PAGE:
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Whole Foods & # 39; Yellow Fever & # 39; Restaurant controversy: Critics slam name as racist



Location of the company in Long Beach. (Stephanie Tran / Yellow Fever)

Even before she opened a location at Whole Foods, Kelly Kim had been thinking about how the name of her restaurant could be badly accepted by the public.

She debuted the first "Yellow Fever" restaurant, in late 2013, a self-confident reference to a term commonly associated with the sexual fascination of a white man for Asian women.

"Once I had a girlfriend who packed our food for lunch and her white boyfriend was not sure if he could eat here," she said last year of the Asiatic cultural site Next Shark, adding that she was the one To use the term "re-appropriate" to define it that way.

But after Kim's third dispute has come a controversy restaurant opened in a Whole Foods 365 in Long Beach on Wednesday, triggering an immediate social media outcry claiming racist overtones.

Yellow fever is a mosquito-borne infection that kills thousands each year, especially in Africa, and named after the jaundice bleeding the virus per dukes. But the sexual connotation of the term has drawn a considerable review.

"An Asian & # 39; resto called YELLOW FEVER in the middle of the whitest Whole Foods – is this the withdrawal of a racist image or colonized spirit?" Marie Myung-Ok Lee, an author and professor at Columbia University, wrote Saturday on Twitter

Kim, the chef and co-founder, said the restaurant "celebrates" all Asian things, including the kitchen Korea, Japan China, Vietnam, Thailand, and Hawaii

"We have been a proud Asian-owned, female-owned business since our founding four and a half years ago," states a statement that was submitted to the Washington Post and not She told CBS 2 that she had been surprised by the criticism and said that following her Torrance location, which opened more than four years ago, together with a second location in Venice, barely had any problems with the name given in 2016.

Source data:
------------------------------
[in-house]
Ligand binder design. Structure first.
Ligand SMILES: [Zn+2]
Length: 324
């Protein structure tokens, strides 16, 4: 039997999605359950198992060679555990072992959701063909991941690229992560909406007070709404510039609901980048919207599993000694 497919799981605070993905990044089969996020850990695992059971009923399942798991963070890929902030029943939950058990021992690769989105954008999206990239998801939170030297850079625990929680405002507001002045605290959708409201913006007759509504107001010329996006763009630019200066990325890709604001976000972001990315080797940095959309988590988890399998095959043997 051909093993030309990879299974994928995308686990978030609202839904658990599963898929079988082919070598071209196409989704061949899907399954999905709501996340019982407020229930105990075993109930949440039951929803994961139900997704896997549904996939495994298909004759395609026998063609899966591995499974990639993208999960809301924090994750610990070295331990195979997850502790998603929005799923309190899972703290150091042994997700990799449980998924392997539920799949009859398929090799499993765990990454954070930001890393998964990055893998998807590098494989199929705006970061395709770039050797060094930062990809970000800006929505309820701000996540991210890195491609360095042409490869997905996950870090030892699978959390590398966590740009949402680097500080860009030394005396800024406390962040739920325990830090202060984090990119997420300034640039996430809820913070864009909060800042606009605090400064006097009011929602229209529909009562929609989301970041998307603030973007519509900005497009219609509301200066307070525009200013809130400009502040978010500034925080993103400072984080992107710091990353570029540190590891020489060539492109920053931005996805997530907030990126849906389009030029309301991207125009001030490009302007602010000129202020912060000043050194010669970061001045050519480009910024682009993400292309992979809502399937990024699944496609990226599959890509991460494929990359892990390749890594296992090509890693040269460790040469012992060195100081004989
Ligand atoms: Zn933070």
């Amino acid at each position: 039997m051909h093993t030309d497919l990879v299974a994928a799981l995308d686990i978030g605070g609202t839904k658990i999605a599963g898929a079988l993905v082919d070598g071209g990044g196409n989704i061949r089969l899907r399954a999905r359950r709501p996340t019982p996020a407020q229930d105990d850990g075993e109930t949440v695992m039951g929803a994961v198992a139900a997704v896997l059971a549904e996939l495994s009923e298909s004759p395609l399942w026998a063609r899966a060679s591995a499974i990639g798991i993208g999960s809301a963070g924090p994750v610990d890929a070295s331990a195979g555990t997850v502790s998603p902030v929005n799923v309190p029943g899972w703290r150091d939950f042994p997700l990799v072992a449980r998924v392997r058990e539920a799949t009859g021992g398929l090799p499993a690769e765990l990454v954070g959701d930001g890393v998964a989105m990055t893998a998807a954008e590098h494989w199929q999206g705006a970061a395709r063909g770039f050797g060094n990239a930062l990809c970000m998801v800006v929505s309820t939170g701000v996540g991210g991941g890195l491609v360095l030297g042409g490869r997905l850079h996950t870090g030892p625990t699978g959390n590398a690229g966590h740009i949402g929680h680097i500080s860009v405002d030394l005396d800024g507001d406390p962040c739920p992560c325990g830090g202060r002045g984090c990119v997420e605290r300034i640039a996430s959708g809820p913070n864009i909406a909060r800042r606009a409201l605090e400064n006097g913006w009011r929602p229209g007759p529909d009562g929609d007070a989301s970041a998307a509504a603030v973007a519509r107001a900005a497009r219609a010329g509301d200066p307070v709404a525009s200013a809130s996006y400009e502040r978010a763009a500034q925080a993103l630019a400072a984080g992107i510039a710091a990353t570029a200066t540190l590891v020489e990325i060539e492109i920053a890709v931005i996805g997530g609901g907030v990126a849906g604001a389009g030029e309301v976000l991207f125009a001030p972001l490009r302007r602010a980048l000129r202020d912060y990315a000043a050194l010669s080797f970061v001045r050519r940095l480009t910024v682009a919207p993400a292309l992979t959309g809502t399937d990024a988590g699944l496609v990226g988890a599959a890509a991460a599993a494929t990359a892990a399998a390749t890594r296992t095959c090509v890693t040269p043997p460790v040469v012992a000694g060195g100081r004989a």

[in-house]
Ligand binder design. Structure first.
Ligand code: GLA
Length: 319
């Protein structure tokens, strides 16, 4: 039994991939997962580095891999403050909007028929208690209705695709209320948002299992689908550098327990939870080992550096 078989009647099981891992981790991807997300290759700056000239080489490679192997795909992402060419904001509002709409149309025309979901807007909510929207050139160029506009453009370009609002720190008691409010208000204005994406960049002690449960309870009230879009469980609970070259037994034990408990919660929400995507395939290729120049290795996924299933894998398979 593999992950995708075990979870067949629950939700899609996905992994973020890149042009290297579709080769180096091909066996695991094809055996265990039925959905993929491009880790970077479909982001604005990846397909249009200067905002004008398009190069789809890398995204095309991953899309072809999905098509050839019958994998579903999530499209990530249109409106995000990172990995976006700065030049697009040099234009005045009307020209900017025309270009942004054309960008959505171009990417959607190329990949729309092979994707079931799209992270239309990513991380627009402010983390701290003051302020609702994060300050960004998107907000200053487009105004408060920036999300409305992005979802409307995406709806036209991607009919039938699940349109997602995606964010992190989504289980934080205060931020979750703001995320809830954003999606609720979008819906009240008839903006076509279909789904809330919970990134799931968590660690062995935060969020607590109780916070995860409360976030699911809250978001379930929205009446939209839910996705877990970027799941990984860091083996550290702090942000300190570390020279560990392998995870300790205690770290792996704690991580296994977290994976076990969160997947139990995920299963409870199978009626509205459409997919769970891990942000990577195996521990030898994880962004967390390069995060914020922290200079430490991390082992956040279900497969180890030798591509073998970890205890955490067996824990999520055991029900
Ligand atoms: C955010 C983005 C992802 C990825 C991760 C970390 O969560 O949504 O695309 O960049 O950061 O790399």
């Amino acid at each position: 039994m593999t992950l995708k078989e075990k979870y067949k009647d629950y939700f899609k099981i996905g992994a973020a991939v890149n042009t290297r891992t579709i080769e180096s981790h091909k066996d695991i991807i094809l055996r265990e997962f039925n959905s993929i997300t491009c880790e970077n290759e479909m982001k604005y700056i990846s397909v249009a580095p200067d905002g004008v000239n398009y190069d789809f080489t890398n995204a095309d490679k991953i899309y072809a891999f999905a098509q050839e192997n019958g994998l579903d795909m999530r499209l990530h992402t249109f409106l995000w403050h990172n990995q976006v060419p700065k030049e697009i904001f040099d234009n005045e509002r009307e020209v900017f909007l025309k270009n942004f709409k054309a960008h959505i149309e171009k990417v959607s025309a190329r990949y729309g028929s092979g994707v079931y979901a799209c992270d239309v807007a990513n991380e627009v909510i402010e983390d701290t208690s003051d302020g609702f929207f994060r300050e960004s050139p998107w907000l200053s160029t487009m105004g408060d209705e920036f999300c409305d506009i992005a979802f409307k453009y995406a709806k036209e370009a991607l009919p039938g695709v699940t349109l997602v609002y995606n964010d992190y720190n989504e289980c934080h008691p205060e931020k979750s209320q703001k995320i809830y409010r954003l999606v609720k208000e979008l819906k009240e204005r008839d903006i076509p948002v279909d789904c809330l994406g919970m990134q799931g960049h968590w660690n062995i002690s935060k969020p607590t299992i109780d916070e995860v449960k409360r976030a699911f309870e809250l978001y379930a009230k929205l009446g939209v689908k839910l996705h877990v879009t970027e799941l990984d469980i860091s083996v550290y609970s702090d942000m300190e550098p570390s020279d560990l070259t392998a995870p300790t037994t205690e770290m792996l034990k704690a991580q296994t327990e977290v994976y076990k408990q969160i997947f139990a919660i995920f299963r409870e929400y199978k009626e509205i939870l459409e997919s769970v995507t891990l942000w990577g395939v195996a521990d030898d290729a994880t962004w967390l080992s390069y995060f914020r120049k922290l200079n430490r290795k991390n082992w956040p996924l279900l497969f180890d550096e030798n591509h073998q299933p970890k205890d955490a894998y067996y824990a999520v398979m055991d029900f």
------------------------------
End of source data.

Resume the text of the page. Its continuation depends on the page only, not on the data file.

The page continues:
I hope as soon as they come in and try our food and see us who we are and who we want to be, they will realize that they are around that take care of little child, you know? Said Kim, who immigrated to South Korea as a child to Houston.

Much of the criticism is directed against Whole Foods and the perception of the store, which targets a wealthy white population.

"I do not understand why" Yellow fever "is racist? That's exactly the problem, "wrote a Twitter user on Saturday . Brin Inks, a woman interviewed by CBS 2 before the shop, said the term carries an offensive sexual and racial indictment.

Kelly Kim, Center.

Austin-based Whole Foods did not immediately ask if the Yellow Fever name raised concerns in the company, whether locations in other stores are opening, or whether Decision after public reaction.

The relationship between the restaurant and Whole Foods is unclear. lists Yellow Fever and another store, Groundwork Coffee, as the "friend" of the point of sale (Whole Foods is owned from Amazon.com; Jeffrey P. Bezos, the founder and CEO of Amazon, also owns the Washington Post.)

While some saw the name as racist, others noted the association of the deadly Illness that rages poor nations. "I can not separate the name from the yellow fever (the disease) or the damn painful shot that is being shot, so I'll probably faint," wrote Laura Seay, a Colby College government professor and an Africa analyst, on Twitter .

Kim has ignored the concerns over the name in the past and she quietly voiced local success could have helped to put the name to the fore.

"We're still shattered and not a perfectly well-known entity, so some people make us think we're selling bowls or … you know, something else", they say "Next Shark" obvious allusion to the well-known controversy of the term "yellow fever".

The company's news has also offered a winking defense of the name.

"Yellow Fever … yes, we really said that, yes, the name definitely attracts your attention, but instead of closely linking it to a deadly disease or to racist stereotypes, we choose that term and interpret it positively ourselves, "it says in a material that was made available to the post office.

Reviews of the three restaurant chains have been overwhelmingly positive, noting the bright decor and wide variety of Asian-inspired dishes, such as the bowls of Seoul and Tokyo. Guests looking for a light refreshment can opt for the "Bruce Lee" – a blend of green tea and lemonade. "So delicious," beamed a Yelp reviewer.

But other yelpers took the name to heart. "First, change the name Do you think it's cool to use racial terminology for you, do you think it's okay for Asians to refer to this name?" A reviewer wrote in October 2016, leaving a star behind.

Another diner struggled to reconcile the name with her affection for eating at Yellow Fever.

Ugh, the name of this place is driving me crazy, "one woman said in a five-star report in August," but I'll be damned if they do not make a tasty bowl.

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